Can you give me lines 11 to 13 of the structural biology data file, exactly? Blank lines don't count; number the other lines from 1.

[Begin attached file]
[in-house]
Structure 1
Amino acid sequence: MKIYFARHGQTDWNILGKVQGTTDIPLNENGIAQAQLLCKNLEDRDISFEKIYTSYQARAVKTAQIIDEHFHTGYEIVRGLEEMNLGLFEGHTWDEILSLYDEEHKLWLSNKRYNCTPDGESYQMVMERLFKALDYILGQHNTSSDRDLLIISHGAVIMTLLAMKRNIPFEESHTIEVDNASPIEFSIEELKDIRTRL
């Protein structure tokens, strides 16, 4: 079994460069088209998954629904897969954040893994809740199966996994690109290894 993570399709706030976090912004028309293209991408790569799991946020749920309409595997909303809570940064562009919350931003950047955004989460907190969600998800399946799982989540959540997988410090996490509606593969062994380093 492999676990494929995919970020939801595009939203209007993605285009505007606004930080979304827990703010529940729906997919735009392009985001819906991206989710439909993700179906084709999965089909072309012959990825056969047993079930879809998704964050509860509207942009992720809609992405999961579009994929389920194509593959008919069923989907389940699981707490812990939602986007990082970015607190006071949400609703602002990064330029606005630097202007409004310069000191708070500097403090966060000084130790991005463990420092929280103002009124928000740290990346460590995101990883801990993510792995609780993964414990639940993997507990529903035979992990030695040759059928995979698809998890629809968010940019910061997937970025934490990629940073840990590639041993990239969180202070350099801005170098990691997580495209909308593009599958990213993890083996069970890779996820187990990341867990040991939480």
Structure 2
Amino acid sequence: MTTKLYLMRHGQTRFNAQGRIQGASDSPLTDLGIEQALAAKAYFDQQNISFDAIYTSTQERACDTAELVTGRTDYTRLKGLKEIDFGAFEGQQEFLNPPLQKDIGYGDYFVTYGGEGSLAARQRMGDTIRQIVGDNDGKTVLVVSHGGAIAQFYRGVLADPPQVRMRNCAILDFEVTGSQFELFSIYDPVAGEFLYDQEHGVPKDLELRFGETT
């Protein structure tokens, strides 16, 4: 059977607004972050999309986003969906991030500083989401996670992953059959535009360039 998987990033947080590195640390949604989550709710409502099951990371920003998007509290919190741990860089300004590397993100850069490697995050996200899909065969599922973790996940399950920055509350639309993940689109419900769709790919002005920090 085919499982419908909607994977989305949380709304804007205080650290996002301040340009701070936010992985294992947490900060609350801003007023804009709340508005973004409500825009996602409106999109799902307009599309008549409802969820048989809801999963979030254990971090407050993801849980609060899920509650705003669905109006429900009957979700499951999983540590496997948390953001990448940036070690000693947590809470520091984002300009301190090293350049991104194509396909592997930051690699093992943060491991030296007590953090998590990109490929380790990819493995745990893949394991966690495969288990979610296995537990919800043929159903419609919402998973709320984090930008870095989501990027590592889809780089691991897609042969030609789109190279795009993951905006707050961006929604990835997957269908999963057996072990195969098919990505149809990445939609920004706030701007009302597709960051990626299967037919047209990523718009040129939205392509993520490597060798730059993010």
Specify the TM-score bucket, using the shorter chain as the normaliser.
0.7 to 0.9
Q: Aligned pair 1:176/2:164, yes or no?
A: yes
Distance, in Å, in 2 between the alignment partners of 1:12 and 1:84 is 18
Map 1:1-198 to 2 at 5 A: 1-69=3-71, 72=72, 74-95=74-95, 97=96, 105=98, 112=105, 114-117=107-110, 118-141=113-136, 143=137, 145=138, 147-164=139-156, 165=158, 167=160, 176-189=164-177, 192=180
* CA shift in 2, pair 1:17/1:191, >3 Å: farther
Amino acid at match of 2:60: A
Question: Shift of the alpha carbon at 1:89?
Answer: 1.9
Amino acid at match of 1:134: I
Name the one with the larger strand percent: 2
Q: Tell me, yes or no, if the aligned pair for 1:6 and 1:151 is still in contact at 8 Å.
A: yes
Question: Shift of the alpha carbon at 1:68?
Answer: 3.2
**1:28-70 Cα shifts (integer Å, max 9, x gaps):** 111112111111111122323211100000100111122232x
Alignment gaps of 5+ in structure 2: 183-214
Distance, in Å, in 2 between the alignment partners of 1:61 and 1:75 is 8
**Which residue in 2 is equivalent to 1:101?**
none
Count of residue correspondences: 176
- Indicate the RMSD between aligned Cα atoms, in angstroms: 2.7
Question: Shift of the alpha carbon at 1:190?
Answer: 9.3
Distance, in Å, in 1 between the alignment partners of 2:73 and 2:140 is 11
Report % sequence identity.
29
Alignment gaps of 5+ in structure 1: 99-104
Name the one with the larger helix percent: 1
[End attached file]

A: yes
Distance, in Å, in 2 between the alignment partners of 1:12 and 1:84 is 18
Map 1:1-198 to 2 at 5 A: 1-69=3-71, 72=72, 74-95=74-95, 97=96, 105=98, 112=105, 114-117=107-110, 118-141=113-136, 143=137, 145=138, 147-164=139-156, 165=158, 167=160, 176-189=164-177, 192=180